A trained copywriter’s job is to sell your brand to a specific audience. They do this by promoting an idea or selling a product using a creative campaign. These campaigns are either ads on busy streets, TV commercials, direct email marketing, newspapers, etc. while a content writer, on the other hand, works basically on the web by creating context that gives a deeper understanding of the purpose of a brand. The end result is to spark a top-of-funnel interest with a sense of leadership that will guide prospects deeper into the buyer journey.
Copywriting carries an impression, while content writing is usually more detailed and explanatory.
It will be right to say copywriting is a bit superficial compared to content marketing.
This is not to put down copywriting in any way for being “shallow,” or to say that content writing can’t be persuasive. All of these will not be true as both play for the same team: your business. Content writers and copywriters usually integrate, and as the gap between the physical and digital gets smaller, so does the gap between their work.
Content Marketing Role in your Business
Creativity and performance: This is a role for creative directors, project managers, content writers and managing editors. They translate plans into a creative vision and plot an execution
Creation: The content writers, copy editors, designers, project managers usually handle this, they are responsible for producing and studying the actual content.
Promotion: Using social posts and email campaigns to share your content, this is the job of social media strategists and content writers
Lastly, these circles back to the strategists, who carry out an analysis to measure how that content is performing.
Merging Copywriting and Content Writing
Formerly, copywriters had little or no role to play in the above but we have seen a dramatic change in the past few years as the content marketing agency has grown.
Content marketing was entirely removed from copywriting. Organizations spent fortunes paying advertising agencies copywriter services – or have to pay freelance copywriters on commission.
But they had a number of cost-effective options if the wanted content writing:
- Build content in house.
- Get freelancers to fill content needs when required.
- Content creation is outsourced to a third-party writer.
These still happen today. However, the outcome of the end product has dramatically expanded.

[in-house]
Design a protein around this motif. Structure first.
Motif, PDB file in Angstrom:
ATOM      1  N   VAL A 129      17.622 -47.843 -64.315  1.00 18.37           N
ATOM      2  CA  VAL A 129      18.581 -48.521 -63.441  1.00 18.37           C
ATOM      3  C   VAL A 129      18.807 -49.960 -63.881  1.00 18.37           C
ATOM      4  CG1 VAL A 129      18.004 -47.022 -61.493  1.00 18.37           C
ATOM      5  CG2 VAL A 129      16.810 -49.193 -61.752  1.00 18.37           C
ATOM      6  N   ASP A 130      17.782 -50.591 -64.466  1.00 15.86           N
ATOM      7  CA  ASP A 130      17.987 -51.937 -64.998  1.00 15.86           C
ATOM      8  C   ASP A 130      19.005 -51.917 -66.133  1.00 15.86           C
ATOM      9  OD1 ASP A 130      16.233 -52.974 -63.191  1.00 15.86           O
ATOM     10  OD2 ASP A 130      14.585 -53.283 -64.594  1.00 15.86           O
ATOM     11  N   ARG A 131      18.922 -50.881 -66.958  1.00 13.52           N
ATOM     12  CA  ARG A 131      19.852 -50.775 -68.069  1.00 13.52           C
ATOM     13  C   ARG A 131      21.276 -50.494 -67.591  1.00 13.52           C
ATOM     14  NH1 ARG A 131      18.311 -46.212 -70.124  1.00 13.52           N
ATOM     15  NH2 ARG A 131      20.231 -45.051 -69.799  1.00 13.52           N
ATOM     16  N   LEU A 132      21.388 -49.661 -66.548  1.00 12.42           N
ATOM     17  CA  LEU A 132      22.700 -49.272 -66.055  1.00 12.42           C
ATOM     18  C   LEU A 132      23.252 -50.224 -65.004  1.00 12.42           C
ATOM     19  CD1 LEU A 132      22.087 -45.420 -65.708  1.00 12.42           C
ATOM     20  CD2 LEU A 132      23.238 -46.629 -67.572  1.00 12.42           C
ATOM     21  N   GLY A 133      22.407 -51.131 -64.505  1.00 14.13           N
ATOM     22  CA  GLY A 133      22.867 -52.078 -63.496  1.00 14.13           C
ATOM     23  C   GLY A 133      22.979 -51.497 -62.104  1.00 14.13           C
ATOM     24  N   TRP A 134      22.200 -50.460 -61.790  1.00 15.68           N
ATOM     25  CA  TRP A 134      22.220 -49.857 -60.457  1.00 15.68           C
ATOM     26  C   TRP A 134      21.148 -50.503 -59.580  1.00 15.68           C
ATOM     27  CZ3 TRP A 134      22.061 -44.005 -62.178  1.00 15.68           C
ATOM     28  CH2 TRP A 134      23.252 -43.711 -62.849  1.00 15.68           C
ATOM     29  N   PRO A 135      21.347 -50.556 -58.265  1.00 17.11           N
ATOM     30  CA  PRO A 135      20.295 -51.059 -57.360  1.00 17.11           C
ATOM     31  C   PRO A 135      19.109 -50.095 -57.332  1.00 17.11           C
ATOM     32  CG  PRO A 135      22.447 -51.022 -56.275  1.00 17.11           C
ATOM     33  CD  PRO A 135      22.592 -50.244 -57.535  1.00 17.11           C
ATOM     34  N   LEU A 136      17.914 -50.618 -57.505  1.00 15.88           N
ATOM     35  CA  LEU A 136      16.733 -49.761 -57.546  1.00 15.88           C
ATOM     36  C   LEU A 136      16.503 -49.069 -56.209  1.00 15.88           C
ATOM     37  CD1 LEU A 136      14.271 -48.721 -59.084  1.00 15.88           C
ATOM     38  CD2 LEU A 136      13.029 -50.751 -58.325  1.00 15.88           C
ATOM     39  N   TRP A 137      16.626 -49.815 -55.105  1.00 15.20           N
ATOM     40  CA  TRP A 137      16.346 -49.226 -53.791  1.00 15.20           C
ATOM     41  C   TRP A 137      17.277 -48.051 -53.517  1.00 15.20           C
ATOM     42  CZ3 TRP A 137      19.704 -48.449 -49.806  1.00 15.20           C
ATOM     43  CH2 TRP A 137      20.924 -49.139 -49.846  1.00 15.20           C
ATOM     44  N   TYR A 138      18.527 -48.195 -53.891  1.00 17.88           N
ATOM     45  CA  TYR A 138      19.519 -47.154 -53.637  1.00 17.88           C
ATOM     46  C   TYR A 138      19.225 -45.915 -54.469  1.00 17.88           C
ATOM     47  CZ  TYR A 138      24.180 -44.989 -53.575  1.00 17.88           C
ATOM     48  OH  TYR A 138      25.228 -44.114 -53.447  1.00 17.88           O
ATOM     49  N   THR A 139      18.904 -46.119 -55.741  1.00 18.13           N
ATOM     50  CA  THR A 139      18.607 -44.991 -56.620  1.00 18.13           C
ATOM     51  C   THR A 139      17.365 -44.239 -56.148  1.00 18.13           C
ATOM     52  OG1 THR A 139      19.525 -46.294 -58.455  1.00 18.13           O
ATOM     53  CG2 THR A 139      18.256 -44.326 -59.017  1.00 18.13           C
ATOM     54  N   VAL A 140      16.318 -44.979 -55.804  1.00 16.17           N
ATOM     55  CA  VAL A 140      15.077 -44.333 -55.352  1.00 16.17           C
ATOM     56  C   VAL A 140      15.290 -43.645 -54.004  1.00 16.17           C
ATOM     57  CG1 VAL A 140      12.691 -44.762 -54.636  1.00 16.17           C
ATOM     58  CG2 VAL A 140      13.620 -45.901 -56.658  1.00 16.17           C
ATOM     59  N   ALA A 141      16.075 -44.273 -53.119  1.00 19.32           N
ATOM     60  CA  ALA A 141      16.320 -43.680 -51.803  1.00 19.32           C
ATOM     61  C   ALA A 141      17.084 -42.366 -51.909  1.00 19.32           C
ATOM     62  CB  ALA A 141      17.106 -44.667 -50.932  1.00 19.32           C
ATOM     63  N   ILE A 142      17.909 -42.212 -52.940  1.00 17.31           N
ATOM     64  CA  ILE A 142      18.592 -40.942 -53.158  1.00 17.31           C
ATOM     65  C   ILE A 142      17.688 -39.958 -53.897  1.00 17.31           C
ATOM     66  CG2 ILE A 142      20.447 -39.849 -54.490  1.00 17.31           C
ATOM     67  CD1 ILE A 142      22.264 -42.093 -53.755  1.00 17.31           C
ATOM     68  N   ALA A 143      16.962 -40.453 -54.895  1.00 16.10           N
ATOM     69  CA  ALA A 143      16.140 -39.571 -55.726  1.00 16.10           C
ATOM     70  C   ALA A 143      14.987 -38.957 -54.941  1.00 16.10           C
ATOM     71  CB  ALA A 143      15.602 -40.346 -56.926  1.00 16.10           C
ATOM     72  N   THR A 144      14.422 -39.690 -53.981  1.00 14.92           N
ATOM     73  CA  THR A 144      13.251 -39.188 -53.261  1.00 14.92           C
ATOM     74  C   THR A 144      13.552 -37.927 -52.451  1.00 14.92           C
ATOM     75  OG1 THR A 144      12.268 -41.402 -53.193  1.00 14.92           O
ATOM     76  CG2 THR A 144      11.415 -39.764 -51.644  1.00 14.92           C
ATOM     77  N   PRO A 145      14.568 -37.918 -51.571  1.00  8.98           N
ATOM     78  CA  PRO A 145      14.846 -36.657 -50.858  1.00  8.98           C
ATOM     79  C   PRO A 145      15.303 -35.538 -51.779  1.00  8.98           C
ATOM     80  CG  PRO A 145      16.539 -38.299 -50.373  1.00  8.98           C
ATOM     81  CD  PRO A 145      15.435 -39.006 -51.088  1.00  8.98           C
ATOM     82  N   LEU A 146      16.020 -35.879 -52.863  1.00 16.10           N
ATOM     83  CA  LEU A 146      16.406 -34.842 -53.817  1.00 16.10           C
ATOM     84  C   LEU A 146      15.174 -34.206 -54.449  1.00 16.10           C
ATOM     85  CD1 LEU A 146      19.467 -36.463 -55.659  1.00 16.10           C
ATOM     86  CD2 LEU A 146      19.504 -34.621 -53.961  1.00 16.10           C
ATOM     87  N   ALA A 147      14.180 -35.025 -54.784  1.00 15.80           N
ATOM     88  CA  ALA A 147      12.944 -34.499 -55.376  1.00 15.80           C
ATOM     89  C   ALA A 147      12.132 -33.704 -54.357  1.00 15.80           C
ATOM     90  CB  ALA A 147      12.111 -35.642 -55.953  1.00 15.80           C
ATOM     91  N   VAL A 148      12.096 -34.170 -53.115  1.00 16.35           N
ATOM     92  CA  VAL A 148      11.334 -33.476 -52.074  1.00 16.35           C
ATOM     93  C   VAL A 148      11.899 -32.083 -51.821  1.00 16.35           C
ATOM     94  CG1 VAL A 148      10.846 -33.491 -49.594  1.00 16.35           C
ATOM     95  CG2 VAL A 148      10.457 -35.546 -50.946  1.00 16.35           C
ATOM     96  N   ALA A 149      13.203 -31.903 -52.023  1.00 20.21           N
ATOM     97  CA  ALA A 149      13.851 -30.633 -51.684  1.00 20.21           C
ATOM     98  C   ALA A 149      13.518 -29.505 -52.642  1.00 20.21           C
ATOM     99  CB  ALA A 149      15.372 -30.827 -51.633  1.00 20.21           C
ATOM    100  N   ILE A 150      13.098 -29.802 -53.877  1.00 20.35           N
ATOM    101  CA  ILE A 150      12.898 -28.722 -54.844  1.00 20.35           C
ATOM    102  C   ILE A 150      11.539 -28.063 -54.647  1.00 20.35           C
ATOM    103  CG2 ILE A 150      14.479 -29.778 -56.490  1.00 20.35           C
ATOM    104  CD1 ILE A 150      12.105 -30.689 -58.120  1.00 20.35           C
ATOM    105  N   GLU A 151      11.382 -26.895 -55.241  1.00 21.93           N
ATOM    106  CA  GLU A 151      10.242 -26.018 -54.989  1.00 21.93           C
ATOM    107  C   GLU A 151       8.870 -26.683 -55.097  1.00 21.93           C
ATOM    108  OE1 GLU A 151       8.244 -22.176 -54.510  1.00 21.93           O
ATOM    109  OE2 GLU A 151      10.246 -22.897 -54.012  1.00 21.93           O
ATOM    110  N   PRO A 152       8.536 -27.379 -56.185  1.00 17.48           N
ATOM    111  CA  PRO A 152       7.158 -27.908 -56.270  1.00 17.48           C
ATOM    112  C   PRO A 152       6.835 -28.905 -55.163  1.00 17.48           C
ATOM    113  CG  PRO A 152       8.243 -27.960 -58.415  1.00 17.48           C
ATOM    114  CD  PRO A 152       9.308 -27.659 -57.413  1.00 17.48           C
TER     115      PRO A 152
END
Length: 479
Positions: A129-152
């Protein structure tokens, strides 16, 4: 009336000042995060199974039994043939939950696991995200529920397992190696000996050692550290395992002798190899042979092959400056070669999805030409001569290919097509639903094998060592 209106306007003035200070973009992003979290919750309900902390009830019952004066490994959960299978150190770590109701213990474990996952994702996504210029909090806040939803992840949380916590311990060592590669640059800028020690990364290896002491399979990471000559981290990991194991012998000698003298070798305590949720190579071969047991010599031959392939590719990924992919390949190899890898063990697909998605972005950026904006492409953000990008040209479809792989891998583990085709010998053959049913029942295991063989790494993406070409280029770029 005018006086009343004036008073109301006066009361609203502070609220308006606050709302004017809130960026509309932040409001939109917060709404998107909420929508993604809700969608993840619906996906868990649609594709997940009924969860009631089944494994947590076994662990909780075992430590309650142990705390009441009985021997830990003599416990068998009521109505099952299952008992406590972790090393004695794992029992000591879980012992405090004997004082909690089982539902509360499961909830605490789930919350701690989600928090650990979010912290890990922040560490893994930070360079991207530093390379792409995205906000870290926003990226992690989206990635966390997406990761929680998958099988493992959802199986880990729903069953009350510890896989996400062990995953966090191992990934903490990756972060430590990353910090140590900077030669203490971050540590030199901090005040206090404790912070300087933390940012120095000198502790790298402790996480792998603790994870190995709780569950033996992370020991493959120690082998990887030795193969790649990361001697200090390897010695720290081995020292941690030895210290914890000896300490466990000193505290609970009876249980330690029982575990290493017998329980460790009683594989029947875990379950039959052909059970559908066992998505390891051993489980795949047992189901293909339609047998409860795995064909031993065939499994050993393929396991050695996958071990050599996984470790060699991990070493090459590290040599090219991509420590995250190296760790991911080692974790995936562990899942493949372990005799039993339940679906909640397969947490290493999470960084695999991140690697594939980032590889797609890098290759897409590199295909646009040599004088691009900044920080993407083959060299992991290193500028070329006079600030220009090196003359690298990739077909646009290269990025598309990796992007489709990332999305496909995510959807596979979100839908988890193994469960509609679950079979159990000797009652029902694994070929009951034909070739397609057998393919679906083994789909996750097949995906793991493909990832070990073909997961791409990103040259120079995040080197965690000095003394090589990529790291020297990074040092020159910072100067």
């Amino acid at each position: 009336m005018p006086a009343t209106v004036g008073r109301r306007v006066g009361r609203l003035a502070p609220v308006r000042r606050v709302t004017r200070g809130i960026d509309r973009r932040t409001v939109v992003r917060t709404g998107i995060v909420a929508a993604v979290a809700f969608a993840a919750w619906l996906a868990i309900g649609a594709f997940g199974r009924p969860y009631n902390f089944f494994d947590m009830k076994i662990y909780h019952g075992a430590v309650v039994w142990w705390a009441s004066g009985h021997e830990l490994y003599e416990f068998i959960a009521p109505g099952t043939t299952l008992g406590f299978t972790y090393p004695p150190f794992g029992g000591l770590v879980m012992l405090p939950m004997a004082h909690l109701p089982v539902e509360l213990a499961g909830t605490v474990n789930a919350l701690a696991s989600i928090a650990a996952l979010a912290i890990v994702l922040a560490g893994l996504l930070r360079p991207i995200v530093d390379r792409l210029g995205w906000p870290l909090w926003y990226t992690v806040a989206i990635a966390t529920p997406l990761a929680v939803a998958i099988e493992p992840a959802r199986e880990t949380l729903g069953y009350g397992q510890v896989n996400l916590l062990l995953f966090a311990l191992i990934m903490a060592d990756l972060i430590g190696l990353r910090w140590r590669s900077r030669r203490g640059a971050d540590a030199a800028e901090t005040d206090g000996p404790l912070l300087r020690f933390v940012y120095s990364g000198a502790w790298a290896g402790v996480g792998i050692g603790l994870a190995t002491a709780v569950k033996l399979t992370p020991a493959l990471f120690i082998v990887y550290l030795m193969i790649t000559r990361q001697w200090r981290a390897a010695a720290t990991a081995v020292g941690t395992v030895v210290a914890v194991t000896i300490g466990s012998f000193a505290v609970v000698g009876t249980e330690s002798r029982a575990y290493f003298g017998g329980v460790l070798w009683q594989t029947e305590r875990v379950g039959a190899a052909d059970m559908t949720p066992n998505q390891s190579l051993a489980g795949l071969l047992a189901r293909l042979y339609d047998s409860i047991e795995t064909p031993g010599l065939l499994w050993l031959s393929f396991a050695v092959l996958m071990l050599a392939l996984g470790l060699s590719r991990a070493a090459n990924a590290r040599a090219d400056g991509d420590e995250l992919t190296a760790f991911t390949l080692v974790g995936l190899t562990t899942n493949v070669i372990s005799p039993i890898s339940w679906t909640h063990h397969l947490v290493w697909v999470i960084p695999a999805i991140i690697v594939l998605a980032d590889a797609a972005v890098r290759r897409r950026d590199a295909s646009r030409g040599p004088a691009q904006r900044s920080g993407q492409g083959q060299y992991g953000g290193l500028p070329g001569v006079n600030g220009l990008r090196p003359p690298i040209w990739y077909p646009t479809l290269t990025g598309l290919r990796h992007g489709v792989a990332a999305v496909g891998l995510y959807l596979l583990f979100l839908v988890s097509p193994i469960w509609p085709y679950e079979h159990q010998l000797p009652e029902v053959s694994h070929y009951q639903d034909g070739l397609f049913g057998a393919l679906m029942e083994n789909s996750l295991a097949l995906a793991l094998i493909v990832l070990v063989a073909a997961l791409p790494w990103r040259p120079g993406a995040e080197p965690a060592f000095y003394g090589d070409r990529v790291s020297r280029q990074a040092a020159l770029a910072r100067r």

The reason for this? SEO!
Content now has to be very good! because search engines have become super smart, they can populate SERPs (Search engine result pages) with web content that rightly relates to what they believe the user is searching for. You have to put out very good quality.
Even more, it means content has to be aggressively promoted through digital channels and on the web, these have traditionally been considered the territory of the content writer.
What a Copywriter does for Content Marketing
A Content writer is always trying to create something informative and useful to the reader. This explains why there are so many articles and blogs on “How to do this and that”, Ways to achieve so and so results, etc. What is top of mind here is the SEO element, so keyword research has to be put into consideration: use terms that relate to the subject matter you’re trying to become a master at. Look for who’s getting the most backlinks on their website, and the reason why and apply the same strategy.
You also want to be mindful of the types of questions the audience is asking in content writing. Long-form content that hits all the major points of a given topic is your best bet.
When a copywriter writes, the goal is slightly different, here, the focus is promotional. The aim here is making the message straight to the point, strong and unquestionable. The copywriter creates imaginations that show brand values; not lengthy blog posts that portray a brand as a seasoned leader on a specific subject.
Copywriting targets action. Content writing captures interest. Both are expedient in a modern content marketing campaign.
A professional content writer knows when to switch their mindset to that of a copywriter, and vice versa. This makes copywriting and content marketing more like skills than roles. What is most important is that both understand brand identity as they write in order to appeal to the target audience and create a tone of voice that delivers brand values.
Promotional copy is a type of content that plays a unique role in a content marketing strategy.
Take, for example, email marketing, this has the highest ROI of any content marketing channel. Traditionally, this was done by the “direct marketing copywriter.” It still requires direct marketing copy, and also direct response marketing (following up emails with enticing content, pulling a lead deeper into the funnel). You’re plotting a direct action on the part of the recipient.